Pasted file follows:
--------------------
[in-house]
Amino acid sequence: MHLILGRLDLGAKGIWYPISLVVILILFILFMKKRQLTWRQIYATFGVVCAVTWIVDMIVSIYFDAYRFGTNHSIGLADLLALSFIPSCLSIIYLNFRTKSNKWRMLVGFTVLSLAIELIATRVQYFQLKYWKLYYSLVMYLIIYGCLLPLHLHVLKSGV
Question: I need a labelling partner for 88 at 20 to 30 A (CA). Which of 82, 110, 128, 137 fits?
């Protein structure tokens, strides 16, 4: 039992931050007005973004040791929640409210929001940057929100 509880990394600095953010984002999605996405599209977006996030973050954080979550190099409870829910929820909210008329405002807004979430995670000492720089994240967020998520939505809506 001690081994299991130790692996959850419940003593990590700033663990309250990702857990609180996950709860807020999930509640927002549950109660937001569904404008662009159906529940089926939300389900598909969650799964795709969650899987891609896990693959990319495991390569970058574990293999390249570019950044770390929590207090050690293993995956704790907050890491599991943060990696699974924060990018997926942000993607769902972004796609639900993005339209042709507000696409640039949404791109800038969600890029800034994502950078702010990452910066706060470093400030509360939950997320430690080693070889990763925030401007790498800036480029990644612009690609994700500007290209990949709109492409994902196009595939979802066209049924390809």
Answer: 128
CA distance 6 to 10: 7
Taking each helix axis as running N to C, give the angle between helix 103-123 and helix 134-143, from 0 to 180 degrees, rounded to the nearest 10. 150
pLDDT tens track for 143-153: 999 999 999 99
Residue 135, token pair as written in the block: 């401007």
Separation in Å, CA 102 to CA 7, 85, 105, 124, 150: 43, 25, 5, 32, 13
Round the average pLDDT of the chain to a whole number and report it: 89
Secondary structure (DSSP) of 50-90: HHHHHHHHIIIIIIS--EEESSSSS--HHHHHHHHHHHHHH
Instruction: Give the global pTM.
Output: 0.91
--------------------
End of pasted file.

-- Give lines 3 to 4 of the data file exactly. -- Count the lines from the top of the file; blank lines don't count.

Question: I need a labelling partner for 88 at 20 to 30 A (CA). Which of 82, 110, 128, 137 fits?
């Protein structure tokens, strides 16, 4: 039992931050007005973004040791929640409210929001940057929100 509880990394600095953010984002999605996405599209977006996030973050954080979550190099409870829910929820909210008329405002807004979430995670000492720089994240967020998520939505809506 001690081994299991130790692996959850419940003593990590700033663990309250990702857990609180996950709860807020999930509640927002549950109660937001569904404008662009159906529940089926939300389900598909969650799964795709969650899987891609896990693959990319495991390569970058574990293999390249570019950044770390929590207090050690293993995956704790907050890491599991943060990696699974924060990018997926942000993607769902972004796609639900993005339209042709507000696409640039949404791109800038969600890029800034994502950078702010990452910066706060470093400030509360939950997320430690080693070889990763925030401007790498800036480029990644612009690609994700500007290209990949709109492409994902196009595939979802066209049924390809």